You can sneak around that by financing 20% of the loan through one loan then financing the other 80% through another. You can get it taken off if you owe less than 80% on the loan, but they'll keep it on there if you don't request it. If you don't have 20% of the loan paid down, but the home has increased in value so that you owe 80% or less of it's current value you can get it taken off too.<br><br>
With all these foreclosures lately, I'm curious, if you have PMI and the house goes for auction for less than you owe on it, are you still liable for the difference if you have PMI? Or does the mortgage company get paid by the insurance company and then put a lein on any money they collect from you? Just curious.</div>
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My understanding is that the PMI is what exonerates you from the liability of the difference. That is its very purpose.<br><br>
I've been reading some articles in the WSJ this week about mortgages and the funky financing. I guess it turns out that doing the 80/20 think actually costs you more in the long run (assuming you carry the debt for its term) than PMI and offers no protection to the mortgage company. But the 80/20 financing is a loophole that is used for folks who really can't afford to purchase a home the traditional way, and that's why all of these foreclosures are causing such a stink. People are defaulting on loans, but there is no insurance (PMI) to help keep the mortgage companies afloat because of all of the tricky sub-prime financing. So, in the long-run, PMI is cheaper for the borrower, and safer for the lender. Go figure. <img alt="" class="inlineimg" src="/img/vbsmilies/smilies/rolleyes.gif" style="border:0px solid;" title="rolleyes">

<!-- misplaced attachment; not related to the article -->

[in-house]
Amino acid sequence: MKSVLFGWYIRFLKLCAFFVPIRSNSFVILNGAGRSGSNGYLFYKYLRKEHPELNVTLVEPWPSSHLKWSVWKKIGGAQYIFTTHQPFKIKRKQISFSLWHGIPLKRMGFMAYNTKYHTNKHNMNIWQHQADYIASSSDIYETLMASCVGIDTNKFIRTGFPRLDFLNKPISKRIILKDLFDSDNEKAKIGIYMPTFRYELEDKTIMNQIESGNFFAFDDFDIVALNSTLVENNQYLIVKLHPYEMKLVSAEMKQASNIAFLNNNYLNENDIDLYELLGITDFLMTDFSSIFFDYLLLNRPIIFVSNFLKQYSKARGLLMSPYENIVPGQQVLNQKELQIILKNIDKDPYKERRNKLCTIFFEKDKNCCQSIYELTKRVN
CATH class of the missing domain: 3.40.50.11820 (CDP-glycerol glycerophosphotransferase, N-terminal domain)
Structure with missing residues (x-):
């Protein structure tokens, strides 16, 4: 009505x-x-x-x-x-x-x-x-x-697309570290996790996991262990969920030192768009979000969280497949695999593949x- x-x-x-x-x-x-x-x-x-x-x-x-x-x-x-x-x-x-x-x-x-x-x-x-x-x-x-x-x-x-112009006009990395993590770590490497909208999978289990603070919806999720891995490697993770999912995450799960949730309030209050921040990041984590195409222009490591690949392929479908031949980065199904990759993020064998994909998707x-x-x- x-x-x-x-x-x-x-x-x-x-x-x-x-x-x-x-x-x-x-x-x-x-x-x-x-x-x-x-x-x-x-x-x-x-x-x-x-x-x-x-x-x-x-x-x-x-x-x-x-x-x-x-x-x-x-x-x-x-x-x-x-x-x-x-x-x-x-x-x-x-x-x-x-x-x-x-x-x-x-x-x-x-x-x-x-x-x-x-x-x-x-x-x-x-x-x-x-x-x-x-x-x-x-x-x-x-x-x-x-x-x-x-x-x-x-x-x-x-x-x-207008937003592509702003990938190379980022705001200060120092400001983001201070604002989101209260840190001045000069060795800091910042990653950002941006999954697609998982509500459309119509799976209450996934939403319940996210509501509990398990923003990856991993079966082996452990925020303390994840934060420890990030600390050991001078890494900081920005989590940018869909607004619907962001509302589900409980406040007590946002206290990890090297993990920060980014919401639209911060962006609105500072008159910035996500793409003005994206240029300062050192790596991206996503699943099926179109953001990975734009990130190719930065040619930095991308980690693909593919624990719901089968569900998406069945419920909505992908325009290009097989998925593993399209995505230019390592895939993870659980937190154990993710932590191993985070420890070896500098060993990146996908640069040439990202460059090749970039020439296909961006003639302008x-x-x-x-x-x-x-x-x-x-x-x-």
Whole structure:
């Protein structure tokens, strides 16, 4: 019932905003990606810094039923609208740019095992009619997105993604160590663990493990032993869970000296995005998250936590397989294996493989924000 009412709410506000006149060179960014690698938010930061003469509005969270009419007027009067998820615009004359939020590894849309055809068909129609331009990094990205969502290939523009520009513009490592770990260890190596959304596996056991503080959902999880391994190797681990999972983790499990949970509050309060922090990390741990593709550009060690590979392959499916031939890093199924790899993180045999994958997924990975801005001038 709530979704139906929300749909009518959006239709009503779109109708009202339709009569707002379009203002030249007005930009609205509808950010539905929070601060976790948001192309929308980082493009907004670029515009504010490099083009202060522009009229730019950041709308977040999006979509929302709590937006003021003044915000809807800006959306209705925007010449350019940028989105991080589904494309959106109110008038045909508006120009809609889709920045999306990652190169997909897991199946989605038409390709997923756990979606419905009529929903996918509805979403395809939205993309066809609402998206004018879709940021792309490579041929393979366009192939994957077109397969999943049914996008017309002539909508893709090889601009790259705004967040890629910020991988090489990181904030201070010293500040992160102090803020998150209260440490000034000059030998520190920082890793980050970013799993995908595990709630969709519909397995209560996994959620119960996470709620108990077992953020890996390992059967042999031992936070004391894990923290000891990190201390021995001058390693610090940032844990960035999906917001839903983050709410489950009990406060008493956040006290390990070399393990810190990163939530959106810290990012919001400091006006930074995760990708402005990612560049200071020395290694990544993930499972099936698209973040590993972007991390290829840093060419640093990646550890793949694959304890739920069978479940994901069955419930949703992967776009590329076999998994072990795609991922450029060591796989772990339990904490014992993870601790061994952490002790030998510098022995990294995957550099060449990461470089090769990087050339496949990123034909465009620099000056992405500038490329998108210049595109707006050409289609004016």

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it looks like you got lots of great advice here. i just wanted to mention one more thing that i wish we had thought about. we refinanced a 1 1/2 years ago. we took out 50,000 to pay off debt, do some repairs, and we each needed a new (to us) car.<br><br>
we don't want to live here anymore (bad neighborhood to raise kids) but we are stuck bc of the real estate market. no one would buy our house at the price we would need to sell it at to make enough profit to move onto our next home, if that makes sense.
 

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I think you should focus now on paying as much as you can on the HEL, and definately call and get the PMI off if you can. Then work on the second mortgage. There is no rules that say you cannot pay off your 30 year mort. in 15 years, or even less. Call and ask them how quickly you can pay it off w/o a penalty (some have 3 or 5 year terms, you'd just have to call and see). Each month, take as MUCH as you possibly can and apply it toward the principal of first the HEL, then the mortgage. When you make your payment be sure and tell them to apply the extra toward the principal, and not the next month's payment. Knocking down your principal is what you want to do, b/c you pay interest on the principal. It is very possible to pay your mort. completely off in 10 years, maybe less! Make a goal for when you want the HEL paid off (say 18 months) and then make a goal for the house <img alt="" class="inlineimg" src="http://www.mothering.com/discussions/images/smilies/orngbiggrin.gif" style="border:0px solid;" title="orange big grin"> You can do it! You have a great interest rate right now!